Former NYC subway chief reaches last stop on mayoral campaign

Former New York City subway chief Joe Lhota's (R) bid to become the city's mayor is expected to reach the end of the line on Tuesday with a potential historic defeat.

Polls have shown Lhota trailing Democrat Bill de BlasioBill de BlasioNew York area will lift capacity restrictions May 19 NYC 24-hour subway service resumes May 17 Schumer demands restoration of 24-hour New York subway service MORE by as many as 45 points. The GOP candidate led the New York Metropolitan Transportation Authority (MTA) before launching his political bid.

The former subway chief struggled to gain traction in overwhelmingly Democratic New York City, and he sought often to distance himself from national Republicans.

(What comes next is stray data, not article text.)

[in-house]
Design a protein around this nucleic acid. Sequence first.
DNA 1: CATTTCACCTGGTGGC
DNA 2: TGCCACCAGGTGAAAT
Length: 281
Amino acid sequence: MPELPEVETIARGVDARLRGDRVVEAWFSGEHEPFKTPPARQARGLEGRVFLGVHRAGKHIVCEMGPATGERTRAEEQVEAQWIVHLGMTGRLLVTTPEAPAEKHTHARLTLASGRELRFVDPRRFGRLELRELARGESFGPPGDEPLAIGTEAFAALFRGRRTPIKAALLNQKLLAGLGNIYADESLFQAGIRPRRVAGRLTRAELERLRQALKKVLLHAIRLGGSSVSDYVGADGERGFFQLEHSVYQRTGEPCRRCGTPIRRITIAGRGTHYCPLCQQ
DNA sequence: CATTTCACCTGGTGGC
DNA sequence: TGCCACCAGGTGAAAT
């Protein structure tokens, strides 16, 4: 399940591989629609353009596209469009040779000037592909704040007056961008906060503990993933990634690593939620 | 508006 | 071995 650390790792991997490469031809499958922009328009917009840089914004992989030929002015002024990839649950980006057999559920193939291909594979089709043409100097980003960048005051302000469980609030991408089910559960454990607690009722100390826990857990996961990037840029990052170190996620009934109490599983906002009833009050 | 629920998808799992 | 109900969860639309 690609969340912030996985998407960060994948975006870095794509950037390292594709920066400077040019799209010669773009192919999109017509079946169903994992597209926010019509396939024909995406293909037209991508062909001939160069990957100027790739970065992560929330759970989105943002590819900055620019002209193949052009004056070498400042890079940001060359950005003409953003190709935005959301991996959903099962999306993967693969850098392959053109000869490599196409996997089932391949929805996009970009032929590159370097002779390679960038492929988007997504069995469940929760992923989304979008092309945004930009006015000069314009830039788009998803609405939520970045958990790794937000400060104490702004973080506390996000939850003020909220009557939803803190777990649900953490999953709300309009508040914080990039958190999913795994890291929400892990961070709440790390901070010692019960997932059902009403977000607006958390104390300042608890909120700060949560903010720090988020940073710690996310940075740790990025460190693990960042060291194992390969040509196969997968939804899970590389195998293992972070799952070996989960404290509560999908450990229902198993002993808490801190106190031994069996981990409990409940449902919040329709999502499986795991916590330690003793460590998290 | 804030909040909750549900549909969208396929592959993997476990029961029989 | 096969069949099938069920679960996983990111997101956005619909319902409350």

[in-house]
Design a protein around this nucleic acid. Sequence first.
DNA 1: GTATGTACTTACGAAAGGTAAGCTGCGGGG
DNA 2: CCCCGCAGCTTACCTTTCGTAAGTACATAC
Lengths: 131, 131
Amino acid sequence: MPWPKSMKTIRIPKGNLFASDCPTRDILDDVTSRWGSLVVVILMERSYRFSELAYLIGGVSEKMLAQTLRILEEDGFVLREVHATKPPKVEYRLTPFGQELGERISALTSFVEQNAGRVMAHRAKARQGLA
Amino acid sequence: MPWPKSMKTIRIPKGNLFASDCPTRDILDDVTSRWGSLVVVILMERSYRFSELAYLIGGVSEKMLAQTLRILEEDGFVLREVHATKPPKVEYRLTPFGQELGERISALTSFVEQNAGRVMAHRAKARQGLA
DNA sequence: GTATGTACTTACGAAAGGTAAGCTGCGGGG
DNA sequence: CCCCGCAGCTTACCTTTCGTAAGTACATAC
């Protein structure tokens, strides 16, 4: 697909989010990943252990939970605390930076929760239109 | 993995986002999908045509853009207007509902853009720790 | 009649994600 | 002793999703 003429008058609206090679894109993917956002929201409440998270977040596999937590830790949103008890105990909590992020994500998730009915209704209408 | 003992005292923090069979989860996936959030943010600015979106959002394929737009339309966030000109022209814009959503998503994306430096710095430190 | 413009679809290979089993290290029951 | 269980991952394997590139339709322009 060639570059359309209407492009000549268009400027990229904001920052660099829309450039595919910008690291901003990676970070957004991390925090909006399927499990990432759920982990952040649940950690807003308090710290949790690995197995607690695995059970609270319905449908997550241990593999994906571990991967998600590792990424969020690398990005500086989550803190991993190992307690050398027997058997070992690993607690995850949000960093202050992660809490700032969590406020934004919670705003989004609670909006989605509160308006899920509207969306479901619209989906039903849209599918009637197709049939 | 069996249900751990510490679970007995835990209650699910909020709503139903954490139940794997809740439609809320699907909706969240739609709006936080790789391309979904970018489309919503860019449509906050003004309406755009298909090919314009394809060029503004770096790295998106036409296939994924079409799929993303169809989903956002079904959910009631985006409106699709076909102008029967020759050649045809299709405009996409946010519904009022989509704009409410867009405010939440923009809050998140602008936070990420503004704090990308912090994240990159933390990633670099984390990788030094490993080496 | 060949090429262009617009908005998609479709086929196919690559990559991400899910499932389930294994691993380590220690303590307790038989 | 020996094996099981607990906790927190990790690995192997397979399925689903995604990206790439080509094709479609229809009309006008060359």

Lhota, who is a former aide to New York City Mayor Rudy Guiliani (R),  entered the 2013 mayor’s race after winning plaudits for his response to Hurricane Sandy as New York City subway chief.

The transit system was shut down during the storm after sustaining widespread damage, however, service was restored in about a week.

The New York City subway system carries more than 2 billion each year on 24 subway lines that cover 659 miles of track and service 468 stations.

By comparison, the second busiest public transit system in the United States is Washington, D.C.'s Metrorail system, which carries more than 200 million passengers per year. The D.C. Metro system has 103 miles and 86 stations.

The winner of Tuesday's New York mayoral race will replace long-time Mayor Michael Bloomberg (I). Bloomberg, who was elected as a Republican in 2001, has served three terms as New York City's chief executive.

The expected de Blasio victory would be the first time a Democrat has won a New York City mayoral race since 1989.